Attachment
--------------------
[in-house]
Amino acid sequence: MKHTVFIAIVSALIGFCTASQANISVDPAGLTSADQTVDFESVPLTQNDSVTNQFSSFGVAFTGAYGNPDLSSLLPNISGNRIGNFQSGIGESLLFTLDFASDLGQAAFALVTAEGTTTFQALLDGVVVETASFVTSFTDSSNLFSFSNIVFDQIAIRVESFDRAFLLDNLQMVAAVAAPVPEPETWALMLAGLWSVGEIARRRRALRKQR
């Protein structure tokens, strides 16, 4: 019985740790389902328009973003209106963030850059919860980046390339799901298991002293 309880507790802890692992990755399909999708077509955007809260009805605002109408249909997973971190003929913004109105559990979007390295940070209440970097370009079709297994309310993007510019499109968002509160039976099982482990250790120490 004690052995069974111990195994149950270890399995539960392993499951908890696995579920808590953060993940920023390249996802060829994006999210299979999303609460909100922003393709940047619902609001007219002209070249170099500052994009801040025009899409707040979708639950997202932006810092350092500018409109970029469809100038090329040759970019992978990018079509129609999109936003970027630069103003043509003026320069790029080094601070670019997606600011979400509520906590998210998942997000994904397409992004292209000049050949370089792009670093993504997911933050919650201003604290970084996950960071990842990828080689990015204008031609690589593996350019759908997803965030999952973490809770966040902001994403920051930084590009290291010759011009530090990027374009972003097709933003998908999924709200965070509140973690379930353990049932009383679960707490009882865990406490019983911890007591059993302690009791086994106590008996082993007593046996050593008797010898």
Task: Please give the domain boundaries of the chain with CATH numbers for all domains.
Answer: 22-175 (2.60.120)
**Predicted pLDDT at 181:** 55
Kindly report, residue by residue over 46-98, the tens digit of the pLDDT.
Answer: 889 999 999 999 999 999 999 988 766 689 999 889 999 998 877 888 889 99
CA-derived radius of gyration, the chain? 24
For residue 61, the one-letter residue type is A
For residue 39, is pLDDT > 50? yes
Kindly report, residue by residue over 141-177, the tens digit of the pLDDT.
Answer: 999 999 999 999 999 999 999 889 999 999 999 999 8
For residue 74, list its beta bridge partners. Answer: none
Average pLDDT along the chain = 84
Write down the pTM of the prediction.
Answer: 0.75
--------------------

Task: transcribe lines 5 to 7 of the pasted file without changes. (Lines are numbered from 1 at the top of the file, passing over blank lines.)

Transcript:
Answer: 22-175 (2.60.120)
**Predicted pLDDT at 181:** 55
Kindly report, residue by residue over 46-98, the tens digit of the pLDDT.